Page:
The vegan diet has become more popular in the last few years, but could being vegan be dangerous during pregnancy? Well it seems that may well be the case. A recent study posted in Acta Obstetricia et Gynecologica Scandinavica suggests so, and it isn’t the first of it’s kind to raise these concerns.
The Study: Adherence to Plant-Based Diets and Pregnancy Outcomes
The study was conducted by researchers aimed to investigate whether following specific plant based diets had any influence on pregnancy or birth outcomes.
The scientists analysed self reported dietary intake and pregnancy data from the Danish National Birth Register between 1996 and 2002. This included nearly 67000 women.
The participants were divided into four groups based on their reported dietary preferences: vegetarians who consume fish and poultry (which one would debate whether someone who eats chicken is a vegetarian, however that’s another matter) vegetarians who consume dairy and eggs (lacto/ovo vegetarians, or as most people would call them, actual vegetarians), vegans, and omnivores.
The researchers then examined the rates of pregnancy complications, such as preeclampsia, as well as the birth weights of the newborn babies.
Findings: Higher Risk of Preeclampsia and Lower Birth Weight
Of course the overwhelming majority (65,872) were omnivores. A smaller number of individuals identified as fish/poultry vegetarians (666), lacto/ovo vegetarians (183), and vegans (18).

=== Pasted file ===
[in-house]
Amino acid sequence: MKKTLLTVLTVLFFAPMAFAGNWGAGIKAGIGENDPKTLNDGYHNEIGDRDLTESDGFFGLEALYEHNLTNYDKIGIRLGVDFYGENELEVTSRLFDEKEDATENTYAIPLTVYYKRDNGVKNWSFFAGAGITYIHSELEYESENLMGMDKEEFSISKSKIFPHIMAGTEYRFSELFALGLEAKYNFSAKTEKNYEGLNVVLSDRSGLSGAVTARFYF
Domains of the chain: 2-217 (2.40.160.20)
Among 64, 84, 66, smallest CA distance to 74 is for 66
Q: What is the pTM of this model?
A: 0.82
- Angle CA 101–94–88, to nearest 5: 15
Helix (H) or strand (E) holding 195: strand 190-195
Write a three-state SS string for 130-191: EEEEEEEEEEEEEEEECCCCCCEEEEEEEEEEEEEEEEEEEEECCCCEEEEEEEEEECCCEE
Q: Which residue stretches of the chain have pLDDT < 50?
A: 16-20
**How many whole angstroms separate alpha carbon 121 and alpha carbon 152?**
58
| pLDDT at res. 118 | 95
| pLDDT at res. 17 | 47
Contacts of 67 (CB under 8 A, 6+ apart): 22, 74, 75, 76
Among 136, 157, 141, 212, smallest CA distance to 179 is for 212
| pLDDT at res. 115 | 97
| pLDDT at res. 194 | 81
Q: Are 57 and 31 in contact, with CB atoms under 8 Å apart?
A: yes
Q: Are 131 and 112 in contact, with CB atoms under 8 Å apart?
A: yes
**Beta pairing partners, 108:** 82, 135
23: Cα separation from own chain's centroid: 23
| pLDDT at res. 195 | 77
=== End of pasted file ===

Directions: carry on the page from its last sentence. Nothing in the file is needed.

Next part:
This of course does present some issues with the findings due to the low sample size.
The research team found that pregnant women who adhered to a vegan diet had a higher risk of developing preeclampsia and an increased chance of giving birth to babies with lower birth weights compared to those following an omnivorous diet.
Whilst this sample is relatively small, it’s not the first study to record lower birth weights from vegan mothers.
Protein Intake and Micronutrient Deficiencies
Further analysis of the participants' dietary intake revealed that protein consumption was lower among lacto/ovo vegetarians (13.3%) and vegans (10.4%) compared to omnivorous participants (15.4%).
And as you would expect the intake of essential micronutrients was significantly lower among those following a vegan diet.
Now it’s also worth mentioning that the dates are a potential issue as education around vegan supplement requirements was not as good in the 90s as it is now. It could still be better, particularly around certain plant based omega sources not being processable by humans, but that is another issue.
And of course with supplementation several of these deficiencies in protein and micronutrients could be resolved.
Especially as the study's authors suggest that the risks of preeclampsia and lower birth weight associated with a vegan diet may be attributed to these lower protein intakes and specific nutrient deficiencies.
Limitations and Cautionary Interpretation
The low number of actual vegans, and the time the data was collected, does as we’ve mentioned raise some concerns over the validity of the study.
Consistency with Recent Studies On Veganism During Pregnancy
However the study's authors highlight that the associations between following a vegan diet during pregnancy and lower birth weight are consistent with more recent studies.
These findings suggest that there may be a genuine relationship between a vegan diet and certain pregnancy complications and birth outcomes.